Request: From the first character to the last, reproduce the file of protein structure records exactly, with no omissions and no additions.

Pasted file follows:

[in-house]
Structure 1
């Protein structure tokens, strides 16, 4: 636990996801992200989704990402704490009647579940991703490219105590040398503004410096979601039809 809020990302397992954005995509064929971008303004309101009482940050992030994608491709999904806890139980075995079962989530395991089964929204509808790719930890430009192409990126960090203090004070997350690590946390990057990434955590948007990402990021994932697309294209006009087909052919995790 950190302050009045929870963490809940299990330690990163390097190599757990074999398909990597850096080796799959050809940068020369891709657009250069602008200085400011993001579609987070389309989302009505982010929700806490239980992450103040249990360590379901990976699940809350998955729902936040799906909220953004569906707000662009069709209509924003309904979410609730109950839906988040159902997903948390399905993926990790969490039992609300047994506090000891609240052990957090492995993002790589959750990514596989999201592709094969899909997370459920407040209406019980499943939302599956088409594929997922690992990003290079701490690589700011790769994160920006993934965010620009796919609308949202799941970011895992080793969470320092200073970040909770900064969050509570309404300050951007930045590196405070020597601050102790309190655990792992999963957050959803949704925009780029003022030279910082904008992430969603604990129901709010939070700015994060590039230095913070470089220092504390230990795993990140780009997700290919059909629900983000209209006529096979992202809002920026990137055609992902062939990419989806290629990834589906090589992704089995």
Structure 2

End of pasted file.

[in-house]
Structure 1
């Protein structure tokens, strides 16, 4: 636990996801992200989704990402704490009647579940991703490219105590040398503004410096979601039809 809020990302397992954005995509064929971008303004309101009482940050992030994608491709999904806890139980075995079962989530395991089964929204509808790719930890430009192409990126960090203090004070997350690590946390990057990434955590948007990402990021994932697309294209006009087909052919995790 950190302050009045929870963490809940299990330690990163390097190599757990074999398909990597850096080796799959050809940068020369891709657009250069602008200085400011993001579609987070389309989302009505982010929700806490239980992450103040249990360590379901990976699940809350998955729902936040799906909220953004569906707000662009069709209509924003309904979410609730109950839906988040159902997903948390399905993926990790969490039992609300047994506090000891609240052990957090492995993002790589959750990514596989999201592709094969899909997370459920407040209406019980499943939302599956088409594929997922690992990003290079701490690589700011790769994160920006993934965010620009796919609308949202799941970011895992080793969470320092200073970040909770900064969050509570309404300050951007930045590196405070020597601050102790309190655990792992999963957050959803949704925009780029003022030279910082904008992430969603604990129901709010939070700015994060590039230095913070470089220092504390230990795993990140780009997700290919059909629900983000209209006529096979992202809002920026990137055609992902062939990419989806290629990834589906090589992704089995």
Structure 2